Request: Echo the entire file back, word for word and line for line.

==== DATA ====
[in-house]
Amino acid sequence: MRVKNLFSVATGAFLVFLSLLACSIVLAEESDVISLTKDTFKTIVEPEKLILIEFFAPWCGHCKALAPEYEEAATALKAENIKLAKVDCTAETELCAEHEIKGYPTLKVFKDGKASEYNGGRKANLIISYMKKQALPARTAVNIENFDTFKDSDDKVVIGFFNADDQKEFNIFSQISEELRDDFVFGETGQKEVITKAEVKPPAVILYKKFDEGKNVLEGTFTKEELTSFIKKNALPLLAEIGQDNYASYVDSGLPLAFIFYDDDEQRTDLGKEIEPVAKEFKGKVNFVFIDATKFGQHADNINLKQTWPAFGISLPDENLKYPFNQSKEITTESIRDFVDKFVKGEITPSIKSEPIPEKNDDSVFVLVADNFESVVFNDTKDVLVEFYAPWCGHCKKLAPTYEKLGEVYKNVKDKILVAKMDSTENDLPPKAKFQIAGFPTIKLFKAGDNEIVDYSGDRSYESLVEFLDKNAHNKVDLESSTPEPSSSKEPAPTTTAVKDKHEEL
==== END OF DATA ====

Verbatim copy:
[in-house]
Amino acid sequence: MRVKNLFSVATGAFLVFLSLLACSIVLAEESDVISLTKDTFKTIVEPEKLILIEFFAPWCGHCKALAPEYEEAATALKAENIKLAKVDCTAETELCAEHEIKGYPTLKVFKDGKASEYNGGRKANLIISYMKKQALPARTAVNIENFDTFKDSDDKVVIGFFNADDQKEFNIFSQISEELRDDFVFGETGQKEVITKAEVKPPAVILYKKFDEGKNVLEGTFTKEELTSFIKKNALPLLAEIGQDNYASYVDSGLPLAFIFYDDDEQRTDLGKEIEPVAKEFKGKVNFVFIDATKFGQHADNINLKQTWPAFGISLPDENLKYPFNQSKEITTESIRDFVDKFVKGEITPSIKSEPIPEKNDDSVFVLVADNFESVVFNDTKDVLVEFYAPWCGHCKKLAPTYEKLGEVYKNVKDKILVAKMDSTENDLPPKAKFQIAGFPTIKLFKAGDNEIVDYSGDRSYESLVEFLDKNAHNKVDLESSTPEPSSSKEPAPTTTAVKDKHEEL